There's a few other features that have been carried over from the prototype editors like teleporting the player to an object, or teleporting an object to the player's current location, or instantly moving the camera to any object you want to find quickly. And I've included two different methods of moving objects around in-game while you're connected. The first is a "fast update", which works by editing the game's memory at the point where it initially loads the coordinate data from, and then respawning the player (without losing a life because a game over would break everything). The second method is basically an automated version of the process I showed in my level editing video, where every occurrence of that object's coordinates will be replaced with the new set. This will usually only update the object's visual location and its physical hitboxes won't change unless you die, but in the levels where I haven't been able to edit the player position (which is how the respawn system works - just teleports the player OOB to kill them and then instantly returns them to the point they were at before) the "fast" method will only work if the player manually kills themselves, and in some levels like the motorbike levels that's not even really possible, without lots of other modding, so this is the only way to see the changes in-game. Of course once you save your custom level and patch it into the game properly everything will be in whatever position you moved it to.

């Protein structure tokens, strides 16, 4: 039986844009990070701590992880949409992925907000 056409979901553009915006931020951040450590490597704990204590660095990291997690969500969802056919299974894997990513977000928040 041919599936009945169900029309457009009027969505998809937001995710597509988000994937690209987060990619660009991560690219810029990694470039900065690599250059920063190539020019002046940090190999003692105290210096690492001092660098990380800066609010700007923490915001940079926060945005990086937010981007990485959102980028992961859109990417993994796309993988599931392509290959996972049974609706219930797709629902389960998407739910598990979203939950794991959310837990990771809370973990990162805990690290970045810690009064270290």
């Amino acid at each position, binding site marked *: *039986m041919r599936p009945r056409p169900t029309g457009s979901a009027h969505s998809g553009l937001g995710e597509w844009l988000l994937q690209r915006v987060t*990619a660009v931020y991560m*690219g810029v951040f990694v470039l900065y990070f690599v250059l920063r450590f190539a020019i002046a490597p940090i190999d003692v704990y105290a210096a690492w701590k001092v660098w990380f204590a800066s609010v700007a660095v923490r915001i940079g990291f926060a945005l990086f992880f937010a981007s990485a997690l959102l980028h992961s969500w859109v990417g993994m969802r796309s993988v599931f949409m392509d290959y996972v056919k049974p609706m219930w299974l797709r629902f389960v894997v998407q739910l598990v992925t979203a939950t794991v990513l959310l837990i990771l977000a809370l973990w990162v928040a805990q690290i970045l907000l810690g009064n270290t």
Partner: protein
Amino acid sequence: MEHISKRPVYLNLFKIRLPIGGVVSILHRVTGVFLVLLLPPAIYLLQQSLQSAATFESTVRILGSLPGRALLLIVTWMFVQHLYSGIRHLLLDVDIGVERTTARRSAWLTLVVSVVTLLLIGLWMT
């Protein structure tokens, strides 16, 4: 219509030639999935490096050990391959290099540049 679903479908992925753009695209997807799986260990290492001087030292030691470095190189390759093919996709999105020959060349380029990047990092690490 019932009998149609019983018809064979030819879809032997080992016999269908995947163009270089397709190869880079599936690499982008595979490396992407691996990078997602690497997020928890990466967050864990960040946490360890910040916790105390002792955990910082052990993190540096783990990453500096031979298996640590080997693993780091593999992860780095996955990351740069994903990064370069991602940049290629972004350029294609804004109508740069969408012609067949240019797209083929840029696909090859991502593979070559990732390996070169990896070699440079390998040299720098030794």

Speaking of patching, the current system saves a custom level as a single file (.ard obviously) which can apply all of your modifications in one go, plus any extra files you choose to add to your level (if you have any custom music or textures etc you can add them to the level with this). But no point getting too much into that yet while there's still so much work to do. Just wanted to show that I am actually making some progress with this thing and didn't feel like making another 40 minute video about something that's still not ready to release. But it will be soon hopefully! Many thanks to Neo_Kesha for helping me with the PAK normalisation stuff.
NefariousBonne, KlitLika, BlaZeMaN, Ewan's Elephant Games (EEG), AlfyGame, crashbandicootfan, solidpoke412, Neo_Kesha like this post

Messages In This Thread
N Sane Trilogy level editor prototype - by ARD - 03-09-2018, 03:06 PM
RE: N Sane Trilogy level editor prototype - by ARD - 03-04-2019, 04:17 PM